Animal Cognition

, Volume 17, Issue 4, pp 849–858 | Cite as

The contribution of private and public information in foraging by Australasian gannets

  • Gabriel E. Machovsky-Capuska
  • Mark E. Hauber
  • Eric Libby
  • Christophe Amiot
  • David Raubenheimer
Original Paper


Predators that forage on foods with temporally and spatially patchy distributions may rely on private or public sources of information to enhance their chances of foraging success. Using GPS tracking, field observations, and videography, we examined potential sites and mechanisms of information acquisition in departures for foraging trips by colonially breeding Australasian gannets (Morus serrator). Analyses of the bill-fencing ceremony between mated pairs of breeding gannets did not detect correlations between parameters of this reciprocal behavior and foraging trips, as would have been predicted if gannets used this behavior as a source of private information. Instead, 60 % of the departing birds flew directly to join water rafts of other conspecific en route to the feeding grounds. The departure of solitary birds from the water rafts was synchronized (within 60 s) with the arrival of incoming foragers and also among departing birds. Furthermore, solitary departing birds from the rafts left in the same directional quadrant (90º slices) as the prior arriving (67 %) and also prior departing forager (79 %). When associated plunge dives of conspecific were visible from the colony, providing a public source of information, gannets more often departed from the water rafts in groups. Our study thus provides evidence for the use of water rafts, but not the nest site, as locations of information transfer, and also confirms the use of local enhancement as a strategy for foraging flights by Australasian gannets.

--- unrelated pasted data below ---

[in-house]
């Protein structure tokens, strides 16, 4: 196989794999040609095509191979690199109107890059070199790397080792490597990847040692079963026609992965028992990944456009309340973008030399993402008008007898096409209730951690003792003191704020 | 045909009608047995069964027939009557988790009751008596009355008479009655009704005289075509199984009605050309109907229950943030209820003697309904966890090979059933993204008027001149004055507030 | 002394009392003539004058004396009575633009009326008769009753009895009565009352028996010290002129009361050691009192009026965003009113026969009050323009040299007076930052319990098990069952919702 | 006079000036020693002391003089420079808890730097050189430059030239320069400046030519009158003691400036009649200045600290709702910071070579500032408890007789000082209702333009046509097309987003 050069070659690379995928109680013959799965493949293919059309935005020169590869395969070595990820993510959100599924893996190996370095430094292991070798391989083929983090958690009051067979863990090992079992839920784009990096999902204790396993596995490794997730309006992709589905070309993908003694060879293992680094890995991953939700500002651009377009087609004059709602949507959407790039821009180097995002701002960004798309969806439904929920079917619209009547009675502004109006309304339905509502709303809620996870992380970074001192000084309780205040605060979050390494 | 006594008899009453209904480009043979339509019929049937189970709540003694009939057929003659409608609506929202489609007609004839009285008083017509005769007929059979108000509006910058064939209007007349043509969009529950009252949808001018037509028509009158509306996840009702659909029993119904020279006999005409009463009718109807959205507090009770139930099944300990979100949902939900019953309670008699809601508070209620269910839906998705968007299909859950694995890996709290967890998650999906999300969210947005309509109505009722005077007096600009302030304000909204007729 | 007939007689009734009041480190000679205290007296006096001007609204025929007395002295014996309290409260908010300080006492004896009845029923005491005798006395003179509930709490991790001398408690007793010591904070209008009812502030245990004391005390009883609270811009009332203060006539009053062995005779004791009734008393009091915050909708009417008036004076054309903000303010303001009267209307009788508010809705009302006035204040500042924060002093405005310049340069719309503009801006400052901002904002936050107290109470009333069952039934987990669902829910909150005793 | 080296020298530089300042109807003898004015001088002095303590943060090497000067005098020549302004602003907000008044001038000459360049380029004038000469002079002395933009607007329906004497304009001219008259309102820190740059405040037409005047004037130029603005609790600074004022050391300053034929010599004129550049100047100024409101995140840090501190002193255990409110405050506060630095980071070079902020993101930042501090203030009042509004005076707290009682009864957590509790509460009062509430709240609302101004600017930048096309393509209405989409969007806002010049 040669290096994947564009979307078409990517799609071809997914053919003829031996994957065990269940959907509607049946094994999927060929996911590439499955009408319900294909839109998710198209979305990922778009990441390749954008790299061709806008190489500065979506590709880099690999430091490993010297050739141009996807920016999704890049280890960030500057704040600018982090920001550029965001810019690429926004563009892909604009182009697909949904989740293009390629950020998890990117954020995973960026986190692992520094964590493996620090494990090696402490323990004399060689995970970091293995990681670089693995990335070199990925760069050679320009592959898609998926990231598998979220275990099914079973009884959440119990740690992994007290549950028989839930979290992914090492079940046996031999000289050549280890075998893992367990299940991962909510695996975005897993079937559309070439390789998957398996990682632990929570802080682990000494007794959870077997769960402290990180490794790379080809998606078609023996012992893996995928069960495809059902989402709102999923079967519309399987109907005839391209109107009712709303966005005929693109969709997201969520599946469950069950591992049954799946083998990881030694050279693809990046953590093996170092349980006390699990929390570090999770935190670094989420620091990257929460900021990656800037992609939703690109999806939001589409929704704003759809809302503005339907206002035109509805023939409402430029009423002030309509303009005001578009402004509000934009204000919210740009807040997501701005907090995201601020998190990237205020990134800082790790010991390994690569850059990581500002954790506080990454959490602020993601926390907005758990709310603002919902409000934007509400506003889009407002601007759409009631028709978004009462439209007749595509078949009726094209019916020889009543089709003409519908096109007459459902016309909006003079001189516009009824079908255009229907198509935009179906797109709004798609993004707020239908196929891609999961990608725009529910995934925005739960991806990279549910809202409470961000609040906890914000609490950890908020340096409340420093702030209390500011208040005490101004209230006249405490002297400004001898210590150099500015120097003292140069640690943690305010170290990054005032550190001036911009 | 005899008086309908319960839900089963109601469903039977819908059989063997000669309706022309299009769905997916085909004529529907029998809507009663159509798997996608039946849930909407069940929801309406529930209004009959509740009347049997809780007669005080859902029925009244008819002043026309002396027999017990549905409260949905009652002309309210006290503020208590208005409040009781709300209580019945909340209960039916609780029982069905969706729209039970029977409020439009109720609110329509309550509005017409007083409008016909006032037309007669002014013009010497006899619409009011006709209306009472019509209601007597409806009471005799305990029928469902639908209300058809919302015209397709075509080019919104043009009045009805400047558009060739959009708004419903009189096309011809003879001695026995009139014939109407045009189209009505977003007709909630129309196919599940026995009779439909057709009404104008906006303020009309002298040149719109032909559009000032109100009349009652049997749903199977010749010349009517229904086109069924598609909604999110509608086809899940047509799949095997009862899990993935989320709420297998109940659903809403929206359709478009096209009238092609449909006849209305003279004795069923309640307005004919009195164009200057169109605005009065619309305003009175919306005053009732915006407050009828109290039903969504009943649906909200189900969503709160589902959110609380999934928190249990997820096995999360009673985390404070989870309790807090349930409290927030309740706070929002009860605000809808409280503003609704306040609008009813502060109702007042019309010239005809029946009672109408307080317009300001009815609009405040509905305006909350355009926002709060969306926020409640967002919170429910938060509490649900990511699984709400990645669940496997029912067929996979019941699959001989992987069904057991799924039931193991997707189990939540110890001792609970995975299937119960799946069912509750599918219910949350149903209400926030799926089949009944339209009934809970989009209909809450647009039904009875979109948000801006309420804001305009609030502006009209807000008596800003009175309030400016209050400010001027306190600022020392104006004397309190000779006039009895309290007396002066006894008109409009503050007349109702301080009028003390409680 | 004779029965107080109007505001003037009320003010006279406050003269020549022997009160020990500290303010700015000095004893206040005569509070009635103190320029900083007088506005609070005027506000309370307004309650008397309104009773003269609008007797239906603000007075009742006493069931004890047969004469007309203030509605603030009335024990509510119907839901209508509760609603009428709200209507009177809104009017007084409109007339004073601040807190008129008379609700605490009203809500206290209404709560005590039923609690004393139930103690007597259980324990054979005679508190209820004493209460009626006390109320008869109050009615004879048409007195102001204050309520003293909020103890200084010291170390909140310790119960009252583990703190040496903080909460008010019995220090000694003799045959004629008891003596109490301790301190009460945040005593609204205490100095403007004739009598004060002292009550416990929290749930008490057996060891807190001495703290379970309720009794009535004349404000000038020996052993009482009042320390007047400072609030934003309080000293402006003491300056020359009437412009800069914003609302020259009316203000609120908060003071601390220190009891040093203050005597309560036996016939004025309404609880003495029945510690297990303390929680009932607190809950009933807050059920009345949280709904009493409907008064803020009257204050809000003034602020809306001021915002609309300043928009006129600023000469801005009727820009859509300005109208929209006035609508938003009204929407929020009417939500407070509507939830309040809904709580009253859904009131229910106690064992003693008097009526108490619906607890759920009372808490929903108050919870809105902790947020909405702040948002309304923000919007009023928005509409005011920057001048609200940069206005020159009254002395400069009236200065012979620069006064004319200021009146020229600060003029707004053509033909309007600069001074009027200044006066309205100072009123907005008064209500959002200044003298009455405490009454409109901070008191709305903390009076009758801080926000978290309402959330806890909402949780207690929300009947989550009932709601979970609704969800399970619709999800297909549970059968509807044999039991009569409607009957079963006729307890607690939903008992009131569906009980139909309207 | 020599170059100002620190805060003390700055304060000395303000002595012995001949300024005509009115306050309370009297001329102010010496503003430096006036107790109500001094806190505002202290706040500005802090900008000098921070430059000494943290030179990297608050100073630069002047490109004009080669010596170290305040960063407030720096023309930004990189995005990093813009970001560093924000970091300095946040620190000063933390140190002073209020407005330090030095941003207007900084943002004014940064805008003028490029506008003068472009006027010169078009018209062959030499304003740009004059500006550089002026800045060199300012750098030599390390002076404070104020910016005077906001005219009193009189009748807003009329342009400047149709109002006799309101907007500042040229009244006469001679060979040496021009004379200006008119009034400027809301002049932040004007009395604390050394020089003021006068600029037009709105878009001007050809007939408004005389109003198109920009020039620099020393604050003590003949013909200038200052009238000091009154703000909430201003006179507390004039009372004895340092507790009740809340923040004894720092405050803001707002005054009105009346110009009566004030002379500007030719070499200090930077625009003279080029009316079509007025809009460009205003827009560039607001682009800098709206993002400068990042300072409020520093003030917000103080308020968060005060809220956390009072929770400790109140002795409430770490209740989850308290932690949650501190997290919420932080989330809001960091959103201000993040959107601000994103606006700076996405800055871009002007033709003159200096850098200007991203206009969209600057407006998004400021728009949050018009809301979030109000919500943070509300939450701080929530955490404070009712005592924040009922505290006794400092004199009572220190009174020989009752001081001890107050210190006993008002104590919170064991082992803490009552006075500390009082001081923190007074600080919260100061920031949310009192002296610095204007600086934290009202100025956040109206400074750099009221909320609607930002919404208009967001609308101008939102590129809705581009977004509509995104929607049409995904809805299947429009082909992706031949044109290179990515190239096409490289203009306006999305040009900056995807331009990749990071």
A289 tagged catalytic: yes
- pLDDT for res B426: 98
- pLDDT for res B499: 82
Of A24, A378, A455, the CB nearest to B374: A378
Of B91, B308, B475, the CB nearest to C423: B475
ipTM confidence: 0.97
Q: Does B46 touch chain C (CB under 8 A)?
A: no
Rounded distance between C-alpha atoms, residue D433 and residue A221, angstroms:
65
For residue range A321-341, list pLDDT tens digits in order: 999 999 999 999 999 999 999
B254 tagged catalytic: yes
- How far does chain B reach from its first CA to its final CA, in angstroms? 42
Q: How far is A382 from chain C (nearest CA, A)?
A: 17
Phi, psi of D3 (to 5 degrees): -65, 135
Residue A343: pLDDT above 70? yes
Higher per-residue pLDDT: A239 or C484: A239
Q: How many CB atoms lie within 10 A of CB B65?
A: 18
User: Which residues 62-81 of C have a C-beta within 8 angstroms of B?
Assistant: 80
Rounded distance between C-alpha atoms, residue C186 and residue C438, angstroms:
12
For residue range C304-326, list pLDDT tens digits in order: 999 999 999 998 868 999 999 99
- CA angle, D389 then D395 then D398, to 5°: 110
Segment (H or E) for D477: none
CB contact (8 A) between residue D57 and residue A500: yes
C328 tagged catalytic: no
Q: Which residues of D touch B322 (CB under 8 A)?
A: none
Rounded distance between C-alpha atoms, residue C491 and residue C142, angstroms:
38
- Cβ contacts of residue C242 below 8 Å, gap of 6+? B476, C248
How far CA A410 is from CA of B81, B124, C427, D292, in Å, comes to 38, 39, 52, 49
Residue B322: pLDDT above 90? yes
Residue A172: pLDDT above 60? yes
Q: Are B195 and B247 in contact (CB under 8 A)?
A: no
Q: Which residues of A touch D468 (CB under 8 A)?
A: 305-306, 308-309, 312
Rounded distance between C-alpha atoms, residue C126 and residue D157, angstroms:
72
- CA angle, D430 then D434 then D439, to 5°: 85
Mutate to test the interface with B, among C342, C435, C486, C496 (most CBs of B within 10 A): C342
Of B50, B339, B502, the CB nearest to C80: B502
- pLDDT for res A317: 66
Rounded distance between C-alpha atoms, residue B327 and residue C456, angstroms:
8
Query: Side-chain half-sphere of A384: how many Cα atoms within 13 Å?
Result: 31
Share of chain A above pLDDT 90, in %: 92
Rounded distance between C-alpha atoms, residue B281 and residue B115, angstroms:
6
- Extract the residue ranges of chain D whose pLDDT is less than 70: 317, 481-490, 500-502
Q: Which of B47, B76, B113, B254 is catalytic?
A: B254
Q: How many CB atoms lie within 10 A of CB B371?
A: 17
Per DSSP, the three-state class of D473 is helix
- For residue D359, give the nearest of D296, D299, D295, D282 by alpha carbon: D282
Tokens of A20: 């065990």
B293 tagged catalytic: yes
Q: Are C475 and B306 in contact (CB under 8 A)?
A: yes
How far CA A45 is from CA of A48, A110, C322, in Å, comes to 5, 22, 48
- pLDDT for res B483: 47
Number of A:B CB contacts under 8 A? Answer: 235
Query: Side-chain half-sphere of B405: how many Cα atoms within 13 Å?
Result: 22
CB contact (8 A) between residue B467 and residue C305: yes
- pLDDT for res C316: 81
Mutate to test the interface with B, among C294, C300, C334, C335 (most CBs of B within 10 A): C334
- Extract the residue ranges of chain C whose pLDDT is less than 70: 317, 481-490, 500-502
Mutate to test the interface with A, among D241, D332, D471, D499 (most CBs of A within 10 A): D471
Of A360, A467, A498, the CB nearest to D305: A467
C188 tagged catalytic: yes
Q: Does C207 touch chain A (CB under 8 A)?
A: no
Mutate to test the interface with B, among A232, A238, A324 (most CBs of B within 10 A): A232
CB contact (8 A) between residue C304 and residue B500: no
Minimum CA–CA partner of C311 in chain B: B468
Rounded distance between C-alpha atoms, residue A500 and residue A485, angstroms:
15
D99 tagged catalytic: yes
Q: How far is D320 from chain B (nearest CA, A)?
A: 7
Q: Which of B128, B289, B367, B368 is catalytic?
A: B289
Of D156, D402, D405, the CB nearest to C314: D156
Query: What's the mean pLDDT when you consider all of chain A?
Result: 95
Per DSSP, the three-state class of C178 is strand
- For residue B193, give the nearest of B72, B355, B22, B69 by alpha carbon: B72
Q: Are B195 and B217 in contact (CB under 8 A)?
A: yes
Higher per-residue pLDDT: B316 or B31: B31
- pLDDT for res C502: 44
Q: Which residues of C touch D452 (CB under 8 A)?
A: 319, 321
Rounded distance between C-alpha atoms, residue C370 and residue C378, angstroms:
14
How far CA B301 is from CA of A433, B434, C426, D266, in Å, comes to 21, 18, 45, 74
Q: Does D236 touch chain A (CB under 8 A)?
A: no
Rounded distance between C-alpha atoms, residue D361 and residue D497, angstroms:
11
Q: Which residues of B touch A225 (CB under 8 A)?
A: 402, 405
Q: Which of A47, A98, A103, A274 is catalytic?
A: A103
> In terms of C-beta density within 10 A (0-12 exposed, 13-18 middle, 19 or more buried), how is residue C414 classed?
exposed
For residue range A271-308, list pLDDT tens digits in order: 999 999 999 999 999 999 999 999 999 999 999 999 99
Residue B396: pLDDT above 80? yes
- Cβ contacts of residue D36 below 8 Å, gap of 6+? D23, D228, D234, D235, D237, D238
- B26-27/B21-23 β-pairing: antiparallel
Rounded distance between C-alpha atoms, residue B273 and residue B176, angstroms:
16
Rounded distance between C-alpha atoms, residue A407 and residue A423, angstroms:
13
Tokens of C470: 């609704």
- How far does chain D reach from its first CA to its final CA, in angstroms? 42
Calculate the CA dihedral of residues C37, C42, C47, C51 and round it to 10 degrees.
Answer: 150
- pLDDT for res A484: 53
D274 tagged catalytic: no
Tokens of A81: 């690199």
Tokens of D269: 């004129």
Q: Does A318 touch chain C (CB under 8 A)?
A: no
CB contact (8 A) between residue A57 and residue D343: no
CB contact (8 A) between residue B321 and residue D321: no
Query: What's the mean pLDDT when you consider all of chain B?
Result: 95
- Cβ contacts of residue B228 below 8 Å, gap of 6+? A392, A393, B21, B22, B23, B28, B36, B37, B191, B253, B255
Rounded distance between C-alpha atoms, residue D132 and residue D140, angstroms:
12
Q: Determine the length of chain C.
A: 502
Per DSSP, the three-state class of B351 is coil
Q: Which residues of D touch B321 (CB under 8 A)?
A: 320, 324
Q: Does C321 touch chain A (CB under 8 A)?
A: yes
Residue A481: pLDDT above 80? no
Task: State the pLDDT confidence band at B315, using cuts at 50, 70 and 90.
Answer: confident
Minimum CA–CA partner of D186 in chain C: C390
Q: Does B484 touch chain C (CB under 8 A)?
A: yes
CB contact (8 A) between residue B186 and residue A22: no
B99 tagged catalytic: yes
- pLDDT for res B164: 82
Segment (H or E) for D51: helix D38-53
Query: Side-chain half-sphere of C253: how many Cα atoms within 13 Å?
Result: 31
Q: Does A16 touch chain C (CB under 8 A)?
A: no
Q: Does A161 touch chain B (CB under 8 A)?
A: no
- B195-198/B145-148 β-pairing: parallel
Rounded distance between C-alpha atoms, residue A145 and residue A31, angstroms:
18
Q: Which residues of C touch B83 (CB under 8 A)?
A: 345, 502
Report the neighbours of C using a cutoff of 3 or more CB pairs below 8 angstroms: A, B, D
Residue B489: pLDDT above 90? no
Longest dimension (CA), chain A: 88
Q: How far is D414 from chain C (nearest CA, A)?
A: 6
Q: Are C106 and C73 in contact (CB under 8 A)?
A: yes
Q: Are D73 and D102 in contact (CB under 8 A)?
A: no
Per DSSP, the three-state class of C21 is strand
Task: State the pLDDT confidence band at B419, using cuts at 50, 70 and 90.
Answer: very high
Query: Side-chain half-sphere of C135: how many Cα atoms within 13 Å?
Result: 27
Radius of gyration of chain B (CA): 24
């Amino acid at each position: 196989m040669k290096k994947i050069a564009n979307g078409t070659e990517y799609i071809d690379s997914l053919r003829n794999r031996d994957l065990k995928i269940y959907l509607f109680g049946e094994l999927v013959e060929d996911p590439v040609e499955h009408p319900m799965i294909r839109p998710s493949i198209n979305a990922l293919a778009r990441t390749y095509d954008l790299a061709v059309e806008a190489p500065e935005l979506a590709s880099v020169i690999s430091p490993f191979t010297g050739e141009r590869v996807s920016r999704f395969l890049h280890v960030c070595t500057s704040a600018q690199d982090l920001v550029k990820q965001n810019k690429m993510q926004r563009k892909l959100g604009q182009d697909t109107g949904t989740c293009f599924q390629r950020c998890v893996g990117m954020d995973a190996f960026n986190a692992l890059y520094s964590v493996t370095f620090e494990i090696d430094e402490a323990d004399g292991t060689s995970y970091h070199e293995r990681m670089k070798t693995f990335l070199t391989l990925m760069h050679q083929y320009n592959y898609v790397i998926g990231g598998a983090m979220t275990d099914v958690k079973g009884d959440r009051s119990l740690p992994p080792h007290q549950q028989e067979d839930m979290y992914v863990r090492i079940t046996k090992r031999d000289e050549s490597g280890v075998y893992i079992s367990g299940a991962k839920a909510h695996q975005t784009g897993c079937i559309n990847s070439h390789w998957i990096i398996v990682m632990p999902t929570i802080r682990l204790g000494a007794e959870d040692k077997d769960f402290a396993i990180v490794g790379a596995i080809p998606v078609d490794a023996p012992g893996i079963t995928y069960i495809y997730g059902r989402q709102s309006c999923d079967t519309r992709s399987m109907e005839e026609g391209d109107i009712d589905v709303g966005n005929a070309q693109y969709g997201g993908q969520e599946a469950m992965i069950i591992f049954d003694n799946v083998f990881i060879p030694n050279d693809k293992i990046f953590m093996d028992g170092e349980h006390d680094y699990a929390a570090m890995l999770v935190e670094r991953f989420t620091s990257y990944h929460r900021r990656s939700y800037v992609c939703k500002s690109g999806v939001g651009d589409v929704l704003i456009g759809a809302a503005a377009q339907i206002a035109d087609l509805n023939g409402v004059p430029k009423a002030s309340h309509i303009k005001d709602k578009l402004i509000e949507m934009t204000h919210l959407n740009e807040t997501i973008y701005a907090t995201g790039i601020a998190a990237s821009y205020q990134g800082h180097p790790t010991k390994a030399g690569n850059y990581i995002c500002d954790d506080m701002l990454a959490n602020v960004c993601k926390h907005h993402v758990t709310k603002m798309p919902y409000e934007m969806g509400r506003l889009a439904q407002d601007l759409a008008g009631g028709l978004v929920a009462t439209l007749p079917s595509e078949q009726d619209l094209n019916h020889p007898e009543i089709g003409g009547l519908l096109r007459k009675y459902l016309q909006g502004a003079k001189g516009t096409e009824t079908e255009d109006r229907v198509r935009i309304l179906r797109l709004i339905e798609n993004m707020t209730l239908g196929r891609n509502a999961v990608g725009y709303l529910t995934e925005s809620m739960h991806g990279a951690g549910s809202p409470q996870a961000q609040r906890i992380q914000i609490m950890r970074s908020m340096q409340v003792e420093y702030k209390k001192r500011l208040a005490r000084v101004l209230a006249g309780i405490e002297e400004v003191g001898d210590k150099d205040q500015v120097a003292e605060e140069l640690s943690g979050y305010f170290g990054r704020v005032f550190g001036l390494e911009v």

Decision making Information-centre hypothesis Local enhancement Morus serrator Seabirds Water rafts 



We acknowledge T. Fettermann, S. Clements, G. Greyling, A. Boyer, L. Meynier, L. van Zonneveld, T. Greenawalt, E. Martínez, K. & S. Machovsky, and S. Ismar for assistance in the field. We also thank the Napier Department of Conservation office for the permission to use the ranger’s house during field work and the Cape Kidnappers’ landowners and farm managers for access to their property. We thank E. Martínez, S. Dwyer and L. Pichegru for helpful comments on early versions of the manuscript and I. Couzin for his assistance during the funding application. This research was funded by National Geographic Waitt Grant and the Massey University Research Fund.

Ethical standards

The experiments in the present study were conducted under Massey University Animal Ethics (09/76) and New Zealand Department of Conservation (DoC) permits (ECHB-23237-RES).

Conflict of interest

The authors declare that they have no conflict of interest.


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Copyright information

© Springer-Verlag Berlin Heidelberg 2013

Authors and Affiliations

  • Gabriel E. Machovsky-Capuska
    • 1
    • 2
  • Mark E. Hauber
    • 3
  • Eric Libby
    • 4
  • Christophe Amiot
    • 5
  • David Raubenheimer
    • 1
  1. 1.The Charles Perkins Centre and Faculty of Veterinary Science and School of Biological SciencesUniversity of SydneySydneyAustralia
  2. 2.Coastal-Marine Research Group, Institute of Natural and Mathematical SciencesMassey UniversityAucklandNew Zealand
  3. 3.Department of PsychologyHunter College and the Graduate Center of the City University of New YorkNew YorkUSA
  4. 4.New Zealand Institute for Advanced Study, Institute of Natural and Mathematical SciencesMassey UniversityAucklandNew Zealand
  5. 5.Human-Wildllife Interaction Research Group, Institute of Natural and Mathematical SciencesMassey UniversityAucklandNew Zealand

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